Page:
Marvel Comics’ newest addition to its cinematic universe is finally led by a woman, and it shouldn’t be as much as a big deal as it is. 

Fans have been waiting for years for a woman to take the big screen as one of our favorite heroes. A Marvel heroine finally received the silver-screen treatment, and “Captain Marvel” is the character that got the honor. 

But not without causing plenty of controversy, of course. 

“Captain Marvel” follows the story of Carol Danvers, an intergalactic Kree warrior with memories of a former life on Earth as a United States Air Force pilot, who discovers herself through her past to reach her powerful potential all while saving the world. 

 Although Danvers isn’t Marvel’s most iconic female superhero, many were excited for the film, while others voiced criticisms. 

The sheer fact that the idea of a female superhero is such a divided topic of national conversation is absolutely ridiculous, and the excuses for not having more are getting weaker and weaker.  

One of the most prominent complaints surrounding the film was that Marvel was taking a formerly male character and making them female to pander to progressive fans. 

The mantle of Captain Marvel has been passed to many heroes, even in the DC Comics Universe, before the woman we know today rose to fame. 

The first Captain Marvel is now more commonly known to comic fans as the DC Comics hero Shazam, who will be getting his own origin movie April 5. 

The character was created in 1936 but was retired in 1953, and when DC tried to bring the character back Marvel had already bought the trademark for their own character of the same name. 

Once Marvel had the rights, the original “Captain Marvel” starring Mar-Vell, a male Kree spy who eventually sides with Earth during conflict, was released in 1966. The character died from cancer in 1982, from that point the mantle passed to many until eventually landing most famously on Carol Danvers. 

Danvers entered the Marvel Universe as a scientist in 1967, and donned the persona of Ms. Marvel, inspired by Mar-Vell. Danvers had many roles in different teams like A-Force, X-Men and the Avengers before eventually taking on the title of Captain Marvel, which finally received her own official solo comic series as the hero in 2012.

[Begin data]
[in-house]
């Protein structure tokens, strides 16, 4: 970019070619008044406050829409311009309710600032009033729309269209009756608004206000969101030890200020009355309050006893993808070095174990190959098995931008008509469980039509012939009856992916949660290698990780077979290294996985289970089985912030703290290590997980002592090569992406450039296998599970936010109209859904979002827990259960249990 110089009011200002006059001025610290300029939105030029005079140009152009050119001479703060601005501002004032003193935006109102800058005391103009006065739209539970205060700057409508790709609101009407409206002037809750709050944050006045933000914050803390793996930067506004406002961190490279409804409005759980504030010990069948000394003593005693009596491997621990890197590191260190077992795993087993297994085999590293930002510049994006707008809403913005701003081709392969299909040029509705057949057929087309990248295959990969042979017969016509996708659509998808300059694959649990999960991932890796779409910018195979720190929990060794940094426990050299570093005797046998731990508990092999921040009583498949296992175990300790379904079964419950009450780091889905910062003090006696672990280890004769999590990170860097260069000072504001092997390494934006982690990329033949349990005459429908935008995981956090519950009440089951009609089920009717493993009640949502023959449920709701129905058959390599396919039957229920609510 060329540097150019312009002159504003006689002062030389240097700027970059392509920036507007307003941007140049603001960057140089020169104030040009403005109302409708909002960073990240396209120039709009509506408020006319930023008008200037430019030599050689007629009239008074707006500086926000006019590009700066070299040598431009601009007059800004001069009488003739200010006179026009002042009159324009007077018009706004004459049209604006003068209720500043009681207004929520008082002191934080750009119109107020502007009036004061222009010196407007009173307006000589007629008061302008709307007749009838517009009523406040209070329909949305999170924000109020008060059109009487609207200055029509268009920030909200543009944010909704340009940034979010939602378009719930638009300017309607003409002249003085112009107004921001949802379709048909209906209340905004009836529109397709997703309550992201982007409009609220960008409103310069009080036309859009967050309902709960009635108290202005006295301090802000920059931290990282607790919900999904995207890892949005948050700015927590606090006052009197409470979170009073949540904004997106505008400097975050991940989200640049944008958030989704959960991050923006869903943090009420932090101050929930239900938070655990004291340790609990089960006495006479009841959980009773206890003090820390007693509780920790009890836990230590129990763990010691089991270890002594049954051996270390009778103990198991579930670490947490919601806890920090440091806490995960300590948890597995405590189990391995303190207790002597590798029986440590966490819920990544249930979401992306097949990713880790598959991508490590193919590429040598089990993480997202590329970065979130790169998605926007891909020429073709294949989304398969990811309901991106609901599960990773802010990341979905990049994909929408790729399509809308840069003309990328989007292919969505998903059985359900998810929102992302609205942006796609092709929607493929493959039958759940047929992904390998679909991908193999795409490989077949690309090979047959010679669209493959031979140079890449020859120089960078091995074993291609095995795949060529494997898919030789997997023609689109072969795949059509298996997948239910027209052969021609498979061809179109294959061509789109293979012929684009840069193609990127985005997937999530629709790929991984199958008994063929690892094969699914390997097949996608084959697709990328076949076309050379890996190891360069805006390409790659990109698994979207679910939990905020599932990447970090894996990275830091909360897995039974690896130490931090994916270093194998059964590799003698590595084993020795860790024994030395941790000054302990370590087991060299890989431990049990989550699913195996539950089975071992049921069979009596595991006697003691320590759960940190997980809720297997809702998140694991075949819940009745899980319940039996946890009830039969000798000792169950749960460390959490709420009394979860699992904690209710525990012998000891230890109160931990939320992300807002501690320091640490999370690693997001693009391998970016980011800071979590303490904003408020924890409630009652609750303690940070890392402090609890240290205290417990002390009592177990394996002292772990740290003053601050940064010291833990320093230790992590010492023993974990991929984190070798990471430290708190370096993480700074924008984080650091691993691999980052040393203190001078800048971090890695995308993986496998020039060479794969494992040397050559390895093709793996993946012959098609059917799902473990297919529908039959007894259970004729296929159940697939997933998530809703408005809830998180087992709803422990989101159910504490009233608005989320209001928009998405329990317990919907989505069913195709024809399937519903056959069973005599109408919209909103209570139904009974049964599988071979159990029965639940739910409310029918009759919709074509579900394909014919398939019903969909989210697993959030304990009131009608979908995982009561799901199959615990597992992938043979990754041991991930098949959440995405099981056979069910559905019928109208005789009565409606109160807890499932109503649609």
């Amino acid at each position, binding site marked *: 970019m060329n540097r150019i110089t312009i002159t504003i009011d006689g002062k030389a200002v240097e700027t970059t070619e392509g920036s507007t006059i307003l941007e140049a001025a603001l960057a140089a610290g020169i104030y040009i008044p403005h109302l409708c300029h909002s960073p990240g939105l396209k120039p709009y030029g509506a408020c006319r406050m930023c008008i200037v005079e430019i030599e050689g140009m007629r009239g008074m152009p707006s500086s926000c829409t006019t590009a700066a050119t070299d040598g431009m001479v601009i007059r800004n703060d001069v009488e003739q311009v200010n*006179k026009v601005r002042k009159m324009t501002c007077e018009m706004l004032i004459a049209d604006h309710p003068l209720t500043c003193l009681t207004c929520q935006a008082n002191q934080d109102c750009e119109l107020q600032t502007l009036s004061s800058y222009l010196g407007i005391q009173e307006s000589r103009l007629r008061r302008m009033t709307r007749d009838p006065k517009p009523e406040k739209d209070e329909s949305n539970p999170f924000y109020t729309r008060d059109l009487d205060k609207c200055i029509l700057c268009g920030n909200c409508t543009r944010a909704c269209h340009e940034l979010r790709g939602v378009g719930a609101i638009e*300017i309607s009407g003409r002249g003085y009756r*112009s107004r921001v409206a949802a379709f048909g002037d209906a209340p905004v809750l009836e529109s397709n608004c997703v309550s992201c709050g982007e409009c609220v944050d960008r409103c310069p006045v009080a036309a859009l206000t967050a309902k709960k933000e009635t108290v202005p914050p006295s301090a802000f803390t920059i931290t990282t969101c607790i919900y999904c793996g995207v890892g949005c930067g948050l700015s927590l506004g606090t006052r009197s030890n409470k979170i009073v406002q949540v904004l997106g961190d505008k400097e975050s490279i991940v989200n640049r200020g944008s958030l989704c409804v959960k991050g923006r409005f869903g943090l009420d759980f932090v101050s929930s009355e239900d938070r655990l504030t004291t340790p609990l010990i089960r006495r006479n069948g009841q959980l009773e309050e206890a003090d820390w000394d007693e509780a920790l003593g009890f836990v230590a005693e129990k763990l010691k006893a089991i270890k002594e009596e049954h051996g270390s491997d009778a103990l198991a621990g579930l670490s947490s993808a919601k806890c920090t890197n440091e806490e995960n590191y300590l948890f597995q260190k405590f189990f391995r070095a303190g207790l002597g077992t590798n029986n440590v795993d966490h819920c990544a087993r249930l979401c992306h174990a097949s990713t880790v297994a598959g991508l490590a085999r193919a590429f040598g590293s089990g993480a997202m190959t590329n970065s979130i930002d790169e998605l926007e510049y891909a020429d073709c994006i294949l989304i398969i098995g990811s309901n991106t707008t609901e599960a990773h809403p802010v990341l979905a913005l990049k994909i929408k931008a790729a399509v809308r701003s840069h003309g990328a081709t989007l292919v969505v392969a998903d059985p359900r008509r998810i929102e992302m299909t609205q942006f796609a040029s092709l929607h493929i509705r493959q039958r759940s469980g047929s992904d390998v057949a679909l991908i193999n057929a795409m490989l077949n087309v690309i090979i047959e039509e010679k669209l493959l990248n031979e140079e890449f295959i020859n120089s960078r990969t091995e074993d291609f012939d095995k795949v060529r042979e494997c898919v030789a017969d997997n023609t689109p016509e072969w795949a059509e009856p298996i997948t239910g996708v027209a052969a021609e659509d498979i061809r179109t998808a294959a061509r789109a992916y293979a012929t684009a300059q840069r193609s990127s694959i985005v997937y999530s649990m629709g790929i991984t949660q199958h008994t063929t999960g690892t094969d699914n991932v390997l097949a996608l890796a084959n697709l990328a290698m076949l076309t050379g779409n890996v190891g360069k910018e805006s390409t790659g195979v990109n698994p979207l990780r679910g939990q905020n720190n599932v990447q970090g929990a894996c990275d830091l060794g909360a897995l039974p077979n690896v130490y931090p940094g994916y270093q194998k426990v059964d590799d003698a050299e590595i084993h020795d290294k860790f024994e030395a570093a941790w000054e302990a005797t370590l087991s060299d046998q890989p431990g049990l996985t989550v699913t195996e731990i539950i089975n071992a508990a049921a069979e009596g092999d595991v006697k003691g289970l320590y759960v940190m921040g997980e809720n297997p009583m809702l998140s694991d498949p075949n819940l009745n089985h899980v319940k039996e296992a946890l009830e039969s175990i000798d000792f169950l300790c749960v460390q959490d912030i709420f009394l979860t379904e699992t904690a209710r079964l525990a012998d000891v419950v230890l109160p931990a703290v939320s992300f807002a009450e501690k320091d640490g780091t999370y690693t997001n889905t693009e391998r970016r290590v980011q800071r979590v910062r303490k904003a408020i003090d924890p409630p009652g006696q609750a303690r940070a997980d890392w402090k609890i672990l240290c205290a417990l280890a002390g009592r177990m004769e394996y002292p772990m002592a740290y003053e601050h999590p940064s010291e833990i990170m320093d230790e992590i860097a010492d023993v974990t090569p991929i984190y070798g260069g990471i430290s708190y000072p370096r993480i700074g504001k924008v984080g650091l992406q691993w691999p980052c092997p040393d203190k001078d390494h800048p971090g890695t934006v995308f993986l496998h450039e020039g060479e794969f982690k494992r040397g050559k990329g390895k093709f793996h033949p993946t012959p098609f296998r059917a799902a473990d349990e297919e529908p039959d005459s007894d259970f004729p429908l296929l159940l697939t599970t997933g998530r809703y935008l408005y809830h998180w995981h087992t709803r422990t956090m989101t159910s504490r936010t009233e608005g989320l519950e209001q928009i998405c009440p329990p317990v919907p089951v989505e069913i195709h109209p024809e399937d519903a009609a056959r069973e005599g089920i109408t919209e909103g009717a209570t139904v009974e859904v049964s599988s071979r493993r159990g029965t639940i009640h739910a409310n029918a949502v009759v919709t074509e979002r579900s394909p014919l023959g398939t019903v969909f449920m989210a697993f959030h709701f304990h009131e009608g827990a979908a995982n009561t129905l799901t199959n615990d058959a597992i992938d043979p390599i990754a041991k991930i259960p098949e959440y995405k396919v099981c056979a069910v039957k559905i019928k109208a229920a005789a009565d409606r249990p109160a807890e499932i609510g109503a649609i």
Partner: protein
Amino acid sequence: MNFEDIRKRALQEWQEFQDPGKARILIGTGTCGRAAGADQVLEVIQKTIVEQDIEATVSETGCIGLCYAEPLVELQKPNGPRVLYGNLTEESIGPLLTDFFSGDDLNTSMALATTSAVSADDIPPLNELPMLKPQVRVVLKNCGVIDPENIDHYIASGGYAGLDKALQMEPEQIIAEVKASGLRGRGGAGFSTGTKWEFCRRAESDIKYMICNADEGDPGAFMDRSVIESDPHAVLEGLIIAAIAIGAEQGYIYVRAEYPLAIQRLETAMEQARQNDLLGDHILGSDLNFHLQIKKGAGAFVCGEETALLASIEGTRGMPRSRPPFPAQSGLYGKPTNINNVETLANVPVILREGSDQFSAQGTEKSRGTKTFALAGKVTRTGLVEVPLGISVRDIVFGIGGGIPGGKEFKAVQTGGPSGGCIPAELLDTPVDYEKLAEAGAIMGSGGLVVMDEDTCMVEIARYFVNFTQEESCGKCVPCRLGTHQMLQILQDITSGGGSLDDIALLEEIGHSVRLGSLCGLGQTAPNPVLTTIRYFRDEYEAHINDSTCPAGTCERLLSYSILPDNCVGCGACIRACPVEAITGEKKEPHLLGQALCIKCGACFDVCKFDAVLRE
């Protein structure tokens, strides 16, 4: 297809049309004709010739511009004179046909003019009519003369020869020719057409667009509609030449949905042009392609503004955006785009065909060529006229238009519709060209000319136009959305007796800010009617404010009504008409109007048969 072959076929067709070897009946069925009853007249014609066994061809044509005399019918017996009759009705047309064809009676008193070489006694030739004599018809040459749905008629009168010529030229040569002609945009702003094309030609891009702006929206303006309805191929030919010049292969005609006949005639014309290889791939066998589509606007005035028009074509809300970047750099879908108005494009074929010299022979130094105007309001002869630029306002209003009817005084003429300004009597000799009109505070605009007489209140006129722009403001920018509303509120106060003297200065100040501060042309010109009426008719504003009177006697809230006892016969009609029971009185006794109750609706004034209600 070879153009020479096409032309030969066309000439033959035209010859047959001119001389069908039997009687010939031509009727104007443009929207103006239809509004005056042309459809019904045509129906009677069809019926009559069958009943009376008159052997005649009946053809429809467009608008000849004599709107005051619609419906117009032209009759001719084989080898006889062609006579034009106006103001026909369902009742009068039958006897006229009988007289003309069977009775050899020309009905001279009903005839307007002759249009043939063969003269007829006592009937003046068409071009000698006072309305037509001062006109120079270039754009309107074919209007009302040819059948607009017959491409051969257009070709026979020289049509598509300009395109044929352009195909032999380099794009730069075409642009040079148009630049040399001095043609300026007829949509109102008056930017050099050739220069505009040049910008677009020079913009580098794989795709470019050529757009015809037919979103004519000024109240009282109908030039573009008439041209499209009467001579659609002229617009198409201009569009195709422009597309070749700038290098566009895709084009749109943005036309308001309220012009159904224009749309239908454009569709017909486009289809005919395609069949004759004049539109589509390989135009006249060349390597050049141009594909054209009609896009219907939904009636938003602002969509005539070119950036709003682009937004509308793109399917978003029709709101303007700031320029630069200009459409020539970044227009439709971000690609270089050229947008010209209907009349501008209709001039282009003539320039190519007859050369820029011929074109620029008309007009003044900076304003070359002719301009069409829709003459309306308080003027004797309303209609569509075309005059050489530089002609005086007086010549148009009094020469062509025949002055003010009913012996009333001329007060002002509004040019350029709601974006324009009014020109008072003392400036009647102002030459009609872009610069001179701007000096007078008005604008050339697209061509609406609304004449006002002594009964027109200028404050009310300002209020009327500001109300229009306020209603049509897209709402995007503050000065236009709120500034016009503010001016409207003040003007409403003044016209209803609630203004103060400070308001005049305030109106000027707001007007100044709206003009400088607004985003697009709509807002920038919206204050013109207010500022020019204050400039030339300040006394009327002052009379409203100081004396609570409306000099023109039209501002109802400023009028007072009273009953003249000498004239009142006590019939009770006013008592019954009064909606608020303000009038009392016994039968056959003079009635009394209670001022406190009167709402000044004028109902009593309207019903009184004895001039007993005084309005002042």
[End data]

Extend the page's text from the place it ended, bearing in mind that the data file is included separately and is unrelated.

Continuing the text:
Although Mar-Vell was the “original” Captain Marvel, choosing Danvers for the film adaptation was the obvious choice. 

Mar-Vell hasn’t been the active captain in literal years, and Danvers has been a powerful contender since arriving on the scene because of her compelling character and overwhelming power. 

Marvel has definitely made an effort to have more representation in its comics, with Sam Wilson, formerly the Falcon, becoming the first black Captain America and Kamala Khan, the first Muslim hero to headline her own comic, becoming Ms. Marvel for example. 

However, having Danvers pick up the mantle was a natural choice because she was already so popular and already linked to the title. Bringing a character back that hasn’t been active in the universe in years would add to the already convoluted storylines that make up the MCU. 

Not to mention, the average viewer won’t even know the long histories behind the characters, so the criticisms come across as stubbornness. As if one more female character will completely topple the male-dominated comic book industry.  

Nonetheless, more representation is beneficial to everyone. The real world is so richly diverse, it’s more unrealistic that all the heroes would solely be straight white men than blasting energy from your bare hands. 

The bottom line is that as the audiences change, so should the heroes.